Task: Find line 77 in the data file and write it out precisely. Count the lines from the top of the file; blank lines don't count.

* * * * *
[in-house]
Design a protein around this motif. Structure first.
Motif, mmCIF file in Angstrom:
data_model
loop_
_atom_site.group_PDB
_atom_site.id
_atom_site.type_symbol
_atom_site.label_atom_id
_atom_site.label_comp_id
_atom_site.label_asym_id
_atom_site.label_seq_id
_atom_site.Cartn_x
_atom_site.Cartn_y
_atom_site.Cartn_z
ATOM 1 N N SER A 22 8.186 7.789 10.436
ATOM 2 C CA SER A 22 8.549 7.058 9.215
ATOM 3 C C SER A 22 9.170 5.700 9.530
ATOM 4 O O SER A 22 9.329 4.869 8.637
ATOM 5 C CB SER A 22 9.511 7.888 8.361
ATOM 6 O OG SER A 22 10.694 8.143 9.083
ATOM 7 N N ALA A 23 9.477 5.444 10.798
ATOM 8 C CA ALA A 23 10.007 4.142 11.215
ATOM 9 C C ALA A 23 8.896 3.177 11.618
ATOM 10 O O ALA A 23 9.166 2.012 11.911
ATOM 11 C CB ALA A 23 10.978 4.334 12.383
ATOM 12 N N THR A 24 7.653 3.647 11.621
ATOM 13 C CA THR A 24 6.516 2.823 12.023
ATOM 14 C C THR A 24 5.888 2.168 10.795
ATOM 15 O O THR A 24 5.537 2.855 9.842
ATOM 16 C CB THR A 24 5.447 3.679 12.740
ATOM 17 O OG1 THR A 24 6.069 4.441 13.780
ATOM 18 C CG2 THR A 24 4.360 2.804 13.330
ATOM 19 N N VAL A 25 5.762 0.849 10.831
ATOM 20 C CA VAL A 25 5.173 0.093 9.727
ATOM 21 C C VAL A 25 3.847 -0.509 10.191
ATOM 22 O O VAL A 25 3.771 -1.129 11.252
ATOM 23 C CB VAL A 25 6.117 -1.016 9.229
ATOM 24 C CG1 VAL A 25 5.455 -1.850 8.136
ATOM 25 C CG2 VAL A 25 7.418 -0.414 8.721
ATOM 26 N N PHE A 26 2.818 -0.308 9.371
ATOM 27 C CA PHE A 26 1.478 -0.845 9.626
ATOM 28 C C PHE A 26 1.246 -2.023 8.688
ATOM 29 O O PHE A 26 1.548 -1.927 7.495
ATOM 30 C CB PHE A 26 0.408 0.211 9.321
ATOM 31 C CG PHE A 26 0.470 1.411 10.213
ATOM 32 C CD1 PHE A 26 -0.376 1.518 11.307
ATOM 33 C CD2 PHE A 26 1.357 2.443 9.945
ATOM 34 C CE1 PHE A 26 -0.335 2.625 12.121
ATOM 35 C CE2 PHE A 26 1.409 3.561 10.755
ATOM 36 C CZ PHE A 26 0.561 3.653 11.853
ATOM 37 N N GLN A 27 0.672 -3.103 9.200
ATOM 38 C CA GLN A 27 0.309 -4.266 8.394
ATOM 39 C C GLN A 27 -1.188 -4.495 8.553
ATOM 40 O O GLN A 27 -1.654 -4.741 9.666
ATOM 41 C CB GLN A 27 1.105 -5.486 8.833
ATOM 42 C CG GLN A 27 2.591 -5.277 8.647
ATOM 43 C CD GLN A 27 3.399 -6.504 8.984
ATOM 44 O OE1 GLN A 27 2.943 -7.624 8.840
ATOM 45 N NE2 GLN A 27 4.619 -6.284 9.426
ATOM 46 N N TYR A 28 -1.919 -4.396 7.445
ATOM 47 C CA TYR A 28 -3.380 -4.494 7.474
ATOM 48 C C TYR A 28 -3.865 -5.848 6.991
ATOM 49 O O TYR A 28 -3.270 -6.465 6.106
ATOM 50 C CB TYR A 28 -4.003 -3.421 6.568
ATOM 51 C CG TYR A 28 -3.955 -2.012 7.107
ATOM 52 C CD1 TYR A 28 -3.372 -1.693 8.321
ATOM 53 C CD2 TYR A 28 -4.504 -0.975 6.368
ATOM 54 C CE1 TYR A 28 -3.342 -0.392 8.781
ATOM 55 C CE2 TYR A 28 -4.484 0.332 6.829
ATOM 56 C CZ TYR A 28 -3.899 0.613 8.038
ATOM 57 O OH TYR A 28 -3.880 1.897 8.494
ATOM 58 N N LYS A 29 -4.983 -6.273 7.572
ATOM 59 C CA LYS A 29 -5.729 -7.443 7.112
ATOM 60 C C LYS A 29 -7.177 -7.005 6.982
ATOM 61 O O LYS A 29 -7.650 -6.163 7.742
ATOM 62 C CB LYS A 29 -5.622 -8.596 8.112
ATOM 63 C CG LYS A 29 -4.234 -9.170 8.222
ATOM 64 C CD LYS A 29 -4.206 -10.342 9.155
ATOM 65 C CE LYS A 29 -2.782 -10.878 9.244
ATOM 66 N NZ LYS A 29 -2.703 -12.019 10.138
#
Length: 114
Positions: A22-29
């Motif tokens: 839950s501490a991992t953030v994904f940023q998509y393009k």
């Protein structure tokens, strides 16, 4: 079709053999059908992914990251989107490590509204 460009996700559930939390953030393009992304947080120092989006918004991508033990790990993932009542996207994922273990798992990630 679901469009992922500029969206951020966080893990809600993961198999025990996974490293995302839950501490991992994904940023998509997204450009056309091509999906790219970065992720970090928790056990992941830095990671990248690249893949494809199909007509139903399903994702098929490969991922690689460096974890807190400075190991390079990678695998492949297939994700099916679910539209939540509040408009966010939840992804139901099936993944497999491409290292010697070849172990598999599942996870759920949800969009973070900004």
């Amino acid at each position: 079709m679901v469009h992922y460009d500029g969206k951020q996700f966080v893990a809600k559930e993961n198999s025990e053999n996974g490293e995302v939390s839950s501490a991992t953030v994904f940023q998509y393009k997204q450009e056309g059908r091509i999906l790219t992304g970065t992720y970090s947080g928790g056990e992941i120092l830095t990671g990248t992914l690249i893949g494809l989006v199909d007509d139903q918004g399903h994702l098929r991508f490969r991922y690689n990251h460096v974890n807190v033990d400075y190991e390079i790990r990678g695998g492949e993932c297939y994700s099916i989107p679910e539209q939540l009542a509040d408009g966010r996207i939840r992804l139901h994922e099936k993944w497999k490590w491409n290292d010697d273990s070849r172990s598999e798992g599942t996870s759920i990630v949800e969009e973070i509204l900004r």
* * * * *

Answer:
ATOM 62 C CB LYS A 29 -5.622 -8.596 8.112